We’re an interesting duo to say the least. But the dynamics of a partnership aren’t what I want to explore here.

Starting out a career as a documentary filmmaker sounds great… but HOW exactly do you get there?

For answers, I look to my friend and mentor Magnus Isacsson, whose brain I get to pick on a regular basis. He got his start after producing radio (8 years) and television (6 years) for Radio-Canada and CBC in both French and English – can you imagine? – before he decided to strike out on his own as a filmmaker. Four years after he left public broadcasting he released his first film Uranium (1990), available on the National Film Board’s website (where you can access most, if not all, of the films they’ve ever produced online.) His most recent film Les Super Mémés premiered on the closing night of the Festival de Films sur les Droits de la Personne de Montréal.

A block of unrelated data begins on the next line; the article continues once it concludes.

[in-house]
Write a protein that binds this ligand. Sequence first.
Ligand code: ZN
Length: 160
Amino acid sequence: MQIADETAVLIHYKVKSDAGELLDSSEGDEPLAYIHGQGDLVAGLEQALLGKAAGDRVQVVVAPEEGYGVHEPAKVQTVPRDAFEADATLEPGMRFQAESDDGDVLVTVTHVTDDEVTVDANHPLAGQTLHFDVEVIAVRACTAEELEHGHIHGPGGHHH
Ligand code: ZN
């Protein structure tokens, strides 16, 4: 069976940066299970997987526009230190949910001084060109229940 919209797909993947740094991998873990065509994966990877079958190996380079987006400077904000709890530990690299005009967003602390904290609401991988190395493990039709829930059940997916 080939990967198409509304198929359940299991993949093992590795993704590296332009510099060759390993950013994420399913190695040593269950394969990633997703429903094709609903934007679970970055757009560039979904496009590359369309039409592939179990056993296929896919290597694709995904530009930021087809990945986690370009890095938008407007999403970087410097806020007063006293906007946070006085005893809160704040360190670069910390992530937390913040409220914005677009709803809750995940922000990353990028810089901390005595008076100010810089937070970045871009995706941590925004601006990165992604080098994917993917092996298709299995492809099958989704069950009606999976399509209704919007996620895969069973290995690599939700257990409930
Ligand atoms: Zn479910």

And Barry Lazar, the man who actually got me into this medium of telling stories with his class on documentary filmmaking. Barry has also been the route of the working professional – for CBC, on various productions for other broadcasters, and even as a writer for the Montreal Gazette. His latest film won many accolades at last year’s Hot Docs – the fantastic The Socalled Movie – and is now touring the world and out on DVD.

It was almost exactly a year ago that I was sitting in Barry’s class at Concordia University, digesting the fact that I had found a career that would fulfill my passion for telling real-life stories in a format I can live with.

Outside Concordia University Jan 2010: A shopping cart that hasn't yet found its passion.